One of the most invidious aspects of crime is that the criminal wields power over us, making us feel totally helpless. This is true whether we are robbed or mugged or held hostage. We feel our vulnerability in our deepest core. Shame may even fall over us as we ponder our inability to protect our bodies or the lives of our loved ones. This terrible and terrifying dimension of crime stands at the scary core of Don't Say A Word, a screen adaptation of Andrew Klavan's Edgar Award-winning mystery novel.

When Patrick B. Koster (Sean Bean), a master thief, is betrayed and an associate makes off with a $10 million dollar red diamond from their heist, he vows revenge. He gets it but ends up going to prison before recovering the jewel he so desperately wants. Ten years later, he's out and determined to find what he believes is his.

Meanwhile, New York psychiatrist Dr. Nathan Conrad (Michael Douglas) is called by a colleague (Oliver Platt) to handle a difficult case. The patient is a young woman, Elizabeth Burrows (Brittany Murphy), who has been in and out of mental hospitals for years. Now she has killed a man. No one has been able to figure out the source of her violence. Meeting with her at the hospital, Dr. Conrad is mystified by her words: "You want what they want, don't you? . . . I'll never tell . . . any of you."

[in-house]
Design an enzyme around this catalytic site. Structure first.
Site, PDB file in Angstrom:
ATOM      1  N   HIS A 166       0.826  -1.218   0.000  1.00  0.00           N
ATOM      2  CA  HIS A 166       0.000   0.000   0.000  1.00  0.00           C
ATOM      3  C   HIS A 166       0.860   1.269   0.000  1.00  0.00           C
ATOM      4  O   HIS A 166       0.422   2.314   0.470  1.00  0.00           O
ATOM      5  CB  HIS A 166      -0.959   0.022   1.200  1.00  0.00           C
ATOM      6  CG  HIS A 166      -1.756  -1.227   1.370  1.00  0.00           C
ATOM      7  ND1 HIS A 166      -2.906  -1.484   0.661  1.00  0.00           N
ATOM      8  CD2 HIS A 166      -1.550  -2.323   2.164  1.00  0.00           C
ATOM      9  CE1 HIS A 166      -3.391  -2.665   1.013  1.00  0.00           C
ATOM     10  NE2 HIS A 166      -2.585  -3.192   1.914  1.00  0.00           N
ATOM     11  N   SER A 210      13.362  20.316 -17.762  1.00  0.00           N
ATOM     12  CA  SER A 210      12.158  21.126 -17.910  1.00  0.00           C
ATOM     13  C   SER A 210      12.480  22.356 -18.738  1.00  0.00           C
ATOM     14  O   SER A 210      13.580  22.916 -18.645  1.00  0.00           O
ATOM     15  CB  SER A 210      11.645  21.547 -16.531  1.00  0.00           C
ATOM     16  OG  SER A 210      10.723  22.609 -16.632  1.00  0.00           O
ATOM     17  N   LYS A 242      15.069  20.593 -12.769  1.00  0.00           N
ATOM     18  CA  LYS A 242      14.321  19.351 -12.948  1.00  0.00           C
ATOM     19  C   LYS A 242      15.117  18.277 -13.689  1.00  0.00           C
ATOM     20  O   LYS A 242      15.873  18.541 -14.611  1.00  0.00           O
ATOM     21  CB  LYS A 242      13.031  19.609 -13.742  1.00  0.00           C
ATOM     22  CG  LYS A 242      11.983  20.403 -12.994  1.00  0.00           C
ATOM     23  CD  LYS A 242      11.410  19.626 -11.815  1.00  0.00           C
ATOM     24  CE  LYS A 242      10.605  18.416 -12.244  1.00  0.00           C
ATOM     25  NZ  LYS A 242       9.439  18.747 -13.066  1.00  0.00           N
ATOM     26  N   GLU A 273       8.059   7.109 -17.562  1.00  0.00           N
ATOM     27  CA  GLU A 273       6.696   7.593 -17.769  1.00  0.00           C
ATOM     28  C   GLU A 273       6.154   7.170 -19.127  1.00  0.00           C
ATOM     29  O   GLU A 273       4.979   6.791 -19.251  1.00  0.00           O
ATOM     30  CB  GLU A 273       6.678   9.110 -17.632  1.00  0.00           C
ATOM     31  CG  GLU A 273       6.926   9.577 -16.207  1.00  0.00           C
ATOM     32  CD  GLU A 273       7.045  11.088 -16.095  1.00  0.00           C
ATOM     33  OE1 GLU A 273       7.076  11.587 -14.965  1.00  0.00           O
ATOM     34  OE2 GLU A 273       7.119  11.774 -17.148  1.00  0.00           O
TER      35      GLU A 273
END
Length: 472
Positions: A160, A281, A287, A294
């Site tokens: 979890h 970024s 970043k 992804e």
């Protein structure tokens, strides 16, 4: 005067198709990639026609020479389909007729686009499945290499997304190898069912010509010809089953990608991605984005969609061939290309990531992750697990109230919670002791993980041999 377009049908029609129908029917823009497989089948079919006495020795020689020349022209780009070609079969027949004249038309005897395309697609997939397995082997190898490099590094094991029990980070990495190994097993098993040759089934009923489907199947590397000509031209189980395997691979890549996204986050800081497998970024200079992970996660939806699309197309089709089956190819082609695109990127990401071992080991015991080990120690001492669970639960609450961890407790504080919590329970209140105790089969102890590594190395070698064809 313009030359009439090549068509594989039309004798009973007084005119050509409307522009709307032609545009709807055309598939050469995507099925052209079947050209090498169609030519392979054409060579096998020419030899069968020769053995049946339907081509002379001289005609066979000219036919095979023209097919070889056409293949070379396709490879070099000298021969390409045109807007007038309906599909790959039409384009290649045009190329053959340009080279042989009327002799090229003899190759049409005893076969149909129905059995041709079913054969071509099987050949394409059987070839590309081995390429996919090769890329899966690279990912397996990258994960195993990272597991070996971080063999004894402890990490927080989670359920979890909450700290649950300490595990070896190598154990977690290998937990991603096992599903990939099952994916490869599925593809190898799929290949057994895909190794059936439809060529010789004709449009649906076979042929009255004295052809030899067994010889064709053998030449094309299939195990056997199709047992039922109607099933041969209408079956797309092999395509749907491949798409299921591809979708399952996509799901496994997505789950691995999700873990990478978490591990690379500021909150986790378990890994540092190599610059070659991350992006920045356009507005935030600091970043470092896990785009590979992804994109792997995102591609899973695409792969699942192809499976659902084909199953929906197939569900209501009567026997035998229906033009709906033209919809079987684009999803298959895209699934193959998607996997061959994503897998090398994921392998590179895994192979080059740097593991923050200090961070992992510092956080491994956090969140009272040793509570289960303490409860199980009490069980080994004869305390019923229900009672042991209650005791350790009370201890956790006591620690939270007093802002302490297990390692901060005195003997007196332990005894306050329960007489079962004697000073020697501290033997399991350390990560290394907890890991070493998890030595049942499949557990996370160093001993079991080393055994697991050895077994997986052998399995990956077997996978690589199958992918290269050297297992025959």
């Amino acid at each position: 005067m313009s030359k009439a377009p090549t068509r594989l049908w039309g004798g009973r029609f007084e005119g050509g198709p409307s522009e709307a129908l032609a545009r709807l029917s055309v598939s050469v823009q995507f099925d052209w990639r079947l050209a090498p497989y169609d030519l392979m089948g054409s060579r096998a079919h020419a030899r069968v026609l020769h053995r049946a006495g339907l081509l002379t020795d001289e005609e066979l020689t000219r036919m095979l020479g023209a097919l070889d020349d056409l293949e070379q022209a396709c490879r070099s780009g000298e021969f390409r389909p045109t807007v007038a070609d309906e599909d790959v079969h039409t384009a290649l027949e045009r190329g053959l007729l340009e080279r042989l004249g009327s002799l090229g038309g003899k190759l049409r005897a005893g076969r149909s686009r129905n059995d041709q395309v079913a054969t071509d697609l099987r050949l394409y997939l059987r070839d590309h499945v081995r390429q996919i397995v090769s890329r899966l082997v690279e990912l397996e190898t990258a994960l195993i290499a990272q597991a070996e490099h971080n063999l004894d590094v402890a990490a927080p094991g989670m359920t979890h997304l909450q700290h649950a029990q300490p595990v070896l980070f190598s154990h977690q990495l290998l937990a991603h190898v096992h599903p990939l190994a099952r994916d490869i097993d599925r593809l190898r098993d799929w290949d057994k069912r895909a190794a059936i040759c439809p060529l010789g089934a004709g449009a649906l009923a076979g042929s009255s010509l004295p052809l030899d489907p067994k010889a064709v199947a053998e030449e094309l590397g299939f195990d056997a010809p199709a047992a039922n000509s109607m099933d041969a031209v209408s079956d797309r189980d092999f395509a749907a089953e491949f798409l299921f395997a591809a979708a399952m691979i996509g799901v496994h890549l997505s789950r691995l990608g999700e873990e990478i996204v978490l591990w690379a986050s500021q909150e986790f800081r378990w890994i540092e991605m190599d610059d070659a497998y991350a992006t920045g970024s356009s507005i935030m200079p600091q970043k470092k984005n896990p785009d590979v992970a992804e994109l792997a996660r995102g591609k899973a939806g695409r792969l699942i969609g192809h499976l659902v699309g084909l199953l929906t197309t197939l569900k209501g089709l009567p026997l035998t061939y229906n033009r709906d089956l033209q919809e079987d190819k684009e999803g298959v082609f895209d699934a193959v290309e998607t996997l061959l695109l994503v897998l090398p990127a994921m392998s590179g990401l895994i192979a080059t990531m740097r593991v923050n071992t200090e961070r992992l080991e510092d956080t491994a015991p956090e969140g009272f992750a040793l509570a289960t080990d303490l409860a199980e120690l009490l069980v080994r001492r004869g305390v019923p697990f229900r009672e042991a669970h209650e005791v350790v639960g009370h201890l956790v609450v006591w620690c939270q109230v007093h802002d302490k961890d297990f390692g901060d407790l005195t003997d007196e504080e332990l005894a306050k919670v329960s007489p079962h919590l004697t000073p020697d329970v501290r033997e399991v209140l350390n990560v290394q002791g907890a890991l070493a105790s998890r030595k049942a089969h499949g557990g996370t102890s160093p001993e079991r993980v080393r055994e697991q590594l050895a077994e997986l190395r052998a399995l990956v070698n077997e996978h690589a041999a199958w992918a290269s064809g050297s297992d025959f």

The next day, the psychiatrist's eight-year-old daughter Jessie (Skye McCole Bartusiak) is kidnapped. Koster has set up a surveillance of their apartment and can monitor everything going on there — especially the movements of Dr. Conrad's bed-ridden wife Aggie (Famke Janssen), who has a broken leg with a cast on it. Koster informs the psychiatrist that he must pry a six-digit number from Elizabeth and deliver it by five o'clock or he'll never see his daughter alive again.

Gary Fleder directs this thriller with panache making the most of interlocking elements of the drama including Dr. Conrad's mission, the manipulations of the kidnappers, the work of New York police detective Cassidy (Jennifer Esposito), and the valor of Conrad's wife and daughter while under severe pressure and palpable danger. By fighting back against the Koster's power plays of Koster, the psychiatrist and his family eventually reclaim the dignity and freedom stolen from them.

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